... to Leadbelly27 for the kind words about Conversations with the Dead. You have the original edition, published in 1991 by Citadel Undergound. A new edition was published by Da Capo a few years ago, with a lengthy interview with Ned Lagin ("Seastones") bolted on at the end.
By Jerilyn Lee Brandelius.
Very interesting,full of alot of fun stuff :)
David Dodd has been known to show up around here now and then...
I have and have read dead head forever, this is a cool book to flip through when listening to tunes I usually put on later dead since the book is a scrap book and most the stories and ticket stubbs are from after 1980. Ive also read Phil Lesh book and Steve Parish's book. Both were great. Lately I just bought a book called complete annotated grateful dead lyrics. This book is great its another one thats good to flip through when listening to tunes.
I have to second (third?) the comments by Oroboros and Cactuswax: "Dead to the Core: An Almanack of the Grateful Dead" by Eric Wybenga is a consistent favorite Dead-related book of mine. A mixture of great show reviews, "best version" lists, essays, and generally cool trivia. Last I checked it was out of print, which is too bad. Well worth looking for a used copy...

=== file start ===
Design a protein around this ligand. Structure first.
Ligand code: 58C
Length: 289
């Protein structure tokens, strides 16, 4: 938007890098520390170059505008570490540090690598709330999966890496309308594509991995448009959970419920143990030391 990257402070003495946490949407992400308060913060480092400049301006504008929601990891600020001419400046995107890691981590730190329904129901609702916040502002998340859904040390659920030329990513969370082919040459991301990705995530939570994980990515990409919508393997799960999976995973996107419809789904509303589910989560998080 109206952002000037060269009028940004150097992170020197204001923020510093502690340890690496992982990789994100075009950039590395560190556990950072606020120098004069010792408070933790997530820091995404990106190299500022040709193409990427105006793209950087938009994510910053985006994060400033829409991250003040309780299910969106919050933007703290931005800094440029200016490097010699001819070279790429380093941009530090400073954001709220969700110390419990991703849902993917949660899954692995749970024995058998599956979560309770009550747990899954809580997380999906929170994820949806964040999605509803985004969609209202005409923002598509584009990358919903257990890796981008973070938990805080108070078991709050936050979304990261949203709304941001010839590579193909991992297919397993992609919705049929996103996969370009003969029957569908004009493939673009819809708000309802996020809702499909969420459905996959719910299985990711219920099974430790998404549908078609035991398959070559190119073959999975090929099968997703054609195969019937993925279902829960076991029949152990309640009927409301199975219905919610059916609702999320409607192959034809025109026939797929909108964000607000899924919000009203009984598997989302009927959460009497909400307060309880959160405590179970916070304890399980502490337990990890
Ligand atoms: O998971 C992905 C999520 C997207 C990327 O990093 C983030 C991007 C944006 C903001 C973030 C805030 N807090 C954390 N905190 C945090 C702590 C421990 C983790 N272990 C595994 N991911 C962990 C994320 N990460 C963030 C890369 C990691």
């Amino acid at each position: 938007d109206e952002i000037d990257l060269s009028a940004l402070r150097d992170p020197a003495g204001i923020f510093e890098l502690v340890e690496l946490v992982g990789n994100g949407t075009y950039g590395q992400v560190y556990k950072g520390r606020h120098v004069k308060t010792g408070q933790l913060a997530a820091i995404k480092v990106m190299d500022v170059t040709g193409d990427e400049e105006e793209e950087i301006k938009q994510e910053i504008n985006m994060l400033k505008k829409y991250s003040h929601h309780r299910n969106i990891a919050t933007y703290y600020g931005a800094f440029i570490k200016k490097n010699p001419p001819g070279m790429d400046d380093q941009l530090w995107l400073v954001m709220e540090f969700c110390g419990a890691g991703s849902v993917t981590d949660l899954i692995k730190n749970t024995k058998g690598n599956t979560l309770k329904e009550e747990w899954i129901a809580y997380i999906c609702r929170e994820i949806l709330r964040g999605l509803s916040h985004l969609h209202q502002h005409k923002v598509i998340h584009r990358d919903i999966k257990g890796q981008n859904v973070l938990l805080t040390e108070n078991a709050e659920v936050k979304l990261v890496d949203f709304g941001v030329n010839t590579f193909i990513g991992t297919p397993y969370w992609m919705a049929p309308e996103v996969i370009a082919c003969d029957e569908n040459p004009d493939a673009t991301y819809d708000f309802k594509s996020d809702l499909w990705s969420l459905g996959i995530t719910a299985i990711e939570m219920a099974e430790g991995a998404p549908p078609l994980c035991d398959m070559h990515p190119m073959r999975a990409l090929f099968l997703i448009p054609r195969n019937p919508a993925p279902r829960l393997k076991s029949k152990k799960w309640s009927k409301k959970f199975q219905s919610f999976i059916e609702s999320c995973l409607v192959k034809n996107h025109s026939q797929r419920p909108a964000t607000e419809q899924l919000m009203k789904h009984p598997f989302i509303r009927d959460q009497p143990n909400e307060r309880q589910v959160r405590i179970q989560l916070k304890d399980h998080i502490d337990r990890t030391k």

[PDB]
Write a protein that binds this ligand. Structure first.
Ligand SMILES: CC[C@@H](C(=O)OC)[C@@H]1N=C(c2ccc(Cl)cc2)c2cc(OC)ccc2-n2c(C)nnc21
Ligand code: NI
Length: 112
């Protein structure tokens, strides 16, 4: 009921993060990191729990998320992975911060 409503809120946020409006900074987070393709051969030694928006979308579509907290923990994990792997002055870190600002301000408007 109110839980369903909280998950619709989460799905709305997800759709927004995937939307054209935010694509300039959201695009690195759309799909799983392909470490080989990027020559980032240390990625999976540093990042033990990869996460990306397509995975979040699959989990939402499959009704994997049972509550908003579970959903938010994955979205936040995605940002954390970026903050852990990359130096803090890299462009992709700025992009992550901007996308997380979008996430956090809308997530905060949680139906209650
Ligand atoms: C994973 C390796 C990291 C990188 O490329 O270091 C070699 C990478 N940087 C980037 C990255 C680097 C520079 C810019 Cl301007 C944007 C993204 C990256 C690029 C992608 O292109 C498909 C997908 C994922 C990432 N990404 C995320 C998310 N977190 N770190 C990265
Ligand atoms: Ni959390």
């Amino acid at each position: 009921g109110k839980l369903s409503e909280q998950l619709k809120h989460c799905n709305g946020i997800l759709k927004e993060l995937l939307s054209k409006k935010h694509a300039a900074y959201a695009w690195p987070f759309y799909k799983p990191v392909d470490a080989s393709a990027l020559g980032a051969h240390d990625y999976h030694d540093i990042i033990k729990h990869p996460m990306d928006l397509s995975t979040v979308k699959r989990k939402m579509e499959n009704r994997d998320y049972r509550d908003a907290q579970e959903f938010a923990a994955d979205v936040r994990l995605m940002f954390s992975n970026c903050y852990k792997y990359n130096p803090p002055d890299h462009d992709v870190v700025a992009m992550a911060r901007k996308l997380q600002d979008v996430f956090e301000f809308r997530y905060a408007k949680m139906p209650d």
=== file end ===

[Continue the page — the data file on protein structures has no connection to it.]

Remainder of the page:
And Cactuswax is so right about Wybenga's turn of phrase. For example, Wybenga says of 9/28/75 "There's a live-wire energy attendant on this show..." -- I still find myself using that phrase to describe the show (one of my favorite shows too).
Another book that I'd recommend: A novel by Deadhead tour veteran Max Ludington called "Tiger in a Trance" which is a fictionalized account of life on the road following the Dead. I used to frequent the Dick's Picks discussion board in the old Deadbase site, and a regular poster there recommended this book - he was good friends with Ludington. I didn't know what to expect, but boy was I surprised. One of the most engrossing novels I've read in the past decade.
The latest one I've read is Deadhead Forever. It was pretty cool. It's written by this dude Haze. It is his scrapbook from touring with The Dead. Really neat. It took me back.
I'll agree with the comment Oroboros posted earlier - Wybenga's book is a great read. I've had it for probably ten years now and it's one I go back to all the time - very conversational, funny. Dude's got a good turn of phrase.
you might want to post that request in the In Search Of,,, topic. I'm sorry, I have no clue about this myself, but someone there might.
i'm looking for the underground songbook "whoa oh what i want to know"
if you have any leads e-mail me at